Layoffs would be next. We would mothball development until end of summer, giving sales a chance to kick in, and bring in revenue. once sales had a chance to pick up. Asshair said I could only keep only 1 of our 14 contract testers during the layoff period, and could try to hire them back in the fall. I thought about it, and asked if I could instead put ALL contractors on a part time basis, have 1 person on a mostly full-time basis, and keep 13 of them one-hour a week, or less, just to keep them on the payroll - the idea would save paperwork, and be a way to keep the team available when we needed them in a month or two. After all, this team had saved the company's bacon, and shipped a high-quality world class product, they deserved more than a kick in the pants, AND we needed their expertise for the upcoming test effort. The development manager liked the idea, my former manager liked the idea. Asshair... not so much.
Two days later, there was an off-site manager meeting held to discuss the upcoming layoffs.
All my peer managers were invited, but I was *NOT* invited. The writing was on the wall.
Soon I was called into Asshair's office, and greeted with: "As you know, we're having layoffs, and you've been affected".
I was stunned. I said I would be happy to do whatever was needed, if we needed to layoff the 13 folks, that would be workable, and I'd be happy to help - he said, "Oh, your help won't be needed - that's already happened". Since I rode the bus to work, I had to ride the bus home, pick up my car, and come BACK to pick-up my personal computer. During the double-double-commute, I had time to think, and realized that I'd worked my butt off for months only to be shown the door. ONLY THEN did I realize how overwhelming the work had been for MONTHS. I needed a break, and was happy for the chance to get my head together. I had FU money, and a newish economy car - ROAD TRIP? I started planning a cross-country road-trip that day. I gathered my stuff, and went home without further incident.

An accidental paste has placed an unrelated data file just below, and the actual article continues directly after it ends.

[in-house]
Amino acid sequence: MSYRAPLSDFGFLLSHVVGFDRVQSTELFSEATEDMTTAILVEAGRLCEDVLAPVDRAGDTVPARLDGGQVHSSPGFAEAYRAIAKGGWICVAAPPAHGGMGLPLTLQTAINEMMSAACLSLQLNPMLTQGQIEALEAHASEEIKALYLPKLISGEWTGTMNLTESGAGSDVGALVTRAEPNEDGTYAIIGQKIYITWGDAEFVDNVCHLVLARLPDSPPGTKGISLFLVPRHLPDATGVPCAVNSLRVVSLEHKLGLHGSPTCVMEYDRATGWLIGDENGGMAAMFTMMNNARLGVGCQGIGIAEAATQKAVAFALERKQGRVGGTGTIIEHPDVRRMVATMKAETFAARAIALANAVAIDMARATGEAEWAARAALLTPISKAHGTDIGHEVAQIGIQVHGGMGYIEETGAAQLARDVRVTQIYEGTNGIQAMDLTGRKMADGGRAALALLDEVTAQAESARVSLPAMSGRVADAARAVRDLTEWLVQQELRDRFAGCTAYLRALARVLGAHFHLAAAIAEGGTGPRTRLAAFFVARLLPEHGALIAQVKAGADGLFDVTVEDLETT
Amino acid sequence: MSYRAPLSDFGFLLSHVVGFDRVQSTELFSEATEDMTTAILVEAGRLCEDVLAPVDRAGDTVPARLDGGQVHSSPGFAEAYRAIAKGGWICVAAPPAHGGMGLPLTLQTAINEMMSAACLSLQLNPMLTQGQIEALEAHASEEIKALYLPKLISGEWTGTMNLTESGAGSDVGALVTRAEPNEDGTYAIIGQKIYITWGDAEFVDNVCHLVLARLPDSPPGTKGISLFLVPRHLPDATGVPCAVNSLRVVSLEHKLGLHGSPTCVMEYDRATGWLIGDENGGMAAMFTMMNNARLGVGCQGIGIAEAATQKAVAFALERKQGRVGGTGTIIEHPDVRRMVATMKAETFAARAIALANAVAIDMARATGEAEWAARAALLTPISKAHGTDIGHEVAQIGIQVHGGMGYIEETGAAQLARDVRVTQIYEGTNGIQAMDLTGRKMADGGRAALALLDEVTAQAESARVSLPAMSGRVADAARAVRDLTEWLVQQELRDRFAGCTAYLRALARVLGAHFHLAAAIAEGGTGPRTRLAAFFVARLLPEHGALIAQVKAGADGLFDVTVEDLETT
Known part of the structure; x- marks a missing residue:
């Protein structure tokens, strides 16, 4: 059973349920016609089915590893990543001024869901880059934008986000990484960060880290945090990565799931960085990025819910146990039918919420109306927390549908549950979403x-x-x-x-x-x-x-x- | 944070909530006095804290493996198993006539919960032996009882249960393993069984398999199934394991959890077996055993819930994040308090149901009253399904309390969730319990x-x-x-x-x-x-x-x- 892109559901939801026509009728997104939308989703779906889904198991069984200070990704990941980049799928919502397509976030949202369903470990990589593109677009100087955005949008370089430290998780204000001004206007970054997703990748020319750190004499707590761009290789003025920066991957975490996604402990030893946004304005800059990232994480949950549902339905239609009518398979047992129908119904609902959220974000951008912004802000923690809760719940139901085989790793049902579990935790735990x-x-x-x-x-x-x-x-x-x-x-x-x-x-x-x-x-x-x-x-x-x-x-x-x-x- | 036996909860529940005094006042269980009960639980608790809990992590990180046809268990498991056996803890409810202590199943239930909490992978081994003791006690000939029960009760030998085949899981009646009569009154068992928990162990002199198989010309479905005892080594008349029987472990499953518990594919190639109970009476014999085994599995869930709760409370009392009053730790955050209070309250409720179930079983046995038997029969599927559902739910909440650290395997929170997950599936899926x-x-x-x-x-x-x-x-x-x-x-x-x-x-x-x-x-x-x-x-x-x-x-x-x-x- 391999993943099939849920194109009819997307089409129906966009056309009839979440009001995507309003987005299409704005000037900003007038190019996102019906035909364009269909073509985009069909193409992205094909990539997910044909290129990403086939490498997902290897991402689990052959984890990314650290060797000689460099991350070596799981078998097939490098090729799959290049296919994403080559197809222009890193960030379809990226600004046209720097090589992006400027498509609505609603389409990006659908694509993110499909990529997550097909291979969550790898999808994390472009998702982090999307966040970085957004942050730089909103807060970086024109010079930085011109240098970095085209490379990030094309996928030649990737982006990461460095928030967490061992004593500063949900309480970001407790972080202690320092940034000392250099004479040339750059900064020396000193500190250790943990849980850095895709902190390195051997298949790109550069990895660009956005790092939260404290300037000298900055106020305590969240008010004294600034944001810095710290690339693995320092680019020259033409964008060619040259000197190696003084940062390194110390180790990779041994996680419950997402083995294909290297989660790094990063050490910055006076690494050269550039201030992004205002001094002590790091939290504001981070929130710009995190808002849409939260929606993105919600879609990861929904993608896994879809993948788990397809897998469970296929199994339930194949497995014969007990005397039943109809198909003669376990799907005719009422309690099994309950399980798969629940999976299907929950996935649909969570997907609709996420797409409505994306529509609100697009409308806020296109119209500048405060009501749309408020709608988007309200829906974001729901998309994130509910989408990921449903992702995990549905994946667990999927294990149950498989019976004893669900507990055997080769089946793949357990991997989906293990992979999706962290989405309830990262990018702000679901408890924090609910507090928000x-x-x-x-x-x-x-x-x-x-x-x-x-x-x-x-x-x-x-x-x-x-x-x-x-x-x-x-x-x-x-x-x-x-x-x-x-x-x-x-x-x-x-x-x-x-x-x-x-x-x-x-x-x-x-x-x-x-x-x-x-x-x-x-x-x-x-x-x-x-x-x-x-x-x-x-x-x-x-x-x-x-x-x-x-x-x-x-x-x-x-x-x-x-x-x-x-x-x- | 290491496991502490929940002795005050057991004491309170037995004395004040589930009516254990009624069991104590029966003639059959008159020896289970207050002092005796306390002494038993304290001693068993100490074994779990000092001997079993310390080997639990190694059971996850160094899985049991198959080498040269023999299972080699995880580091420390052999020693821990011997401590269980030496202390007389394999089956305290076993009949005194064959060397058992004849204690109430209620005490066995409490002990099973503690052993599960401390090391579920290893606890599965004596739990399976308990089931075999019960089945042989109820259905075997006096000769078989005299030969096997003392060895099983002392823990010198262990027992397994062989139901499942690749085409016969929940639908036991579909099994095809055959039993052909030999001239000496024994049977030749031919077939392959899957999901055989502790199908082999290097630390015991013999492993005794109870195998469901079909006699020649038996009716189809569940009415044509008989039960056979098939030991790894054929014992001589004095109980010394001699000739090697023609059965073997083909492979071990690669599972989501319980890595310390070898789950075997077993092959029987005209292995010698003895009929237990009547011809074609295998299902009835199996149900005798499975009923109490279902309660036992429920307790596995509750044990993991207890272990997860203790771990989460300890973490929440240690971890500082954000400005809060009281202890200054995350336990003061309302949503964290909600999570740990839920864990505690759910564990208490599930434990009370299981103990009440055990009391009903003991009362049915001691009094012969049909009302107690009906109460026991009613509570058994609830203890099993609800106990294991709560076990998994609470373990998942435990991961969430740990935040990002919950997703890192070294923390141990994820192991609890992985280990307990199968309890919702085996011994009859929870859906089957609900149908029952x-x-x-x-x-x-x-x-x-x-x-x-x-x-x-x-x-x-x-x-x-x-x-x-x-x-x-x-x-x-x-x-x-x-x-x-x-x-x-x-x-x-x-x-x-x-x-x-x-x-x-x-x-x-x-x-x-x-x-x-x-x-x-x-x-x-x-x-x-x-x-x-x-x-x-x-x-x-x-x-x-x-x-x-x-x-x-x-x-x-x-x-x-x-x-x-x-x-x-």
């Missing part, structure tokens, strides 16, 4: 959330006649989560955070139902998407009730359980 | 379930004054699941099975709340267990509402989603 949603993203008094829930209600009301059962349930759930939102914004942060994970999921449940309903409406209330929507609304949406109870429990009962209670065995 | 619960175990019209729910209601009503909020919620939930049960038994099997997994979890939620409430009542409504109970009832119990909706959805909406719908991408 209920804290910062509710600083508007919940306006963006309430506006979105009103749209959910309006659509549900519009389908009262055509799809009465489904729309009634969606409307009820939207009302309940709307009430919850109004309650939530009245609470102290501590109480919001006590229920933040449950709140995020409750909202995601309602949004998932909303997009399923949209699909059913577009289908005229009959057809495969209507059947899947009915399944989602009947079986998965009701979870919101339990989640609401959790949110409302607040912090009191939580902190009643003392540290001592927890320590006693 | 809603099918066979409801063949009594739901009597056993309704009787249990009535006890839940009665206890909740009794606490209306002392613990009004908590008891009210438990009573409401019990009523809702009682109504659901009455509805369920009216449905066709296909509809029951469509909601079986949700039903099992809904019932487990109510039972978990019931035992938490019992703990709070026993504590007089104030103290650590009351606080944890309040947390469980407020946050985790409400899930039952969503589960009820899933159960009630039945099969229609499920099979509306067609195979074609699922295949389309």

The NEXT MORNING... (can you guess?)
The recruiter for artsy-SG making the world's leading presentation graphics program called me AT HOME, and asked if I might still be interested in the SG job. I said, yes, but asked how she got my number. Evidently two developers who also got the boot that day were already in touch with this recruiter, and BOTH said the BEST PERSON who was laid off was *ME*. I was embarrassed - gratified, and humbled. It turned out that the story of my willingness to stand up for my hourly part-time contract workers at the RISK OF MY OWN FULL-TIME JOB was making the rounds in Silicon Valley.
I said, "Thanks but I need to think about it."
I took a month off, driving across country, and de-compressing.
When I returned, I *did* interview with the Silicon Valley unit of SG, and after a grueling interview process started two weeks later.
Once hired, I found out THEY ALSO heard about what happened at Calera - my standing up for my employees - and based on that, and my proven track record as a person who cared about quality, SG wanted to have me on-board.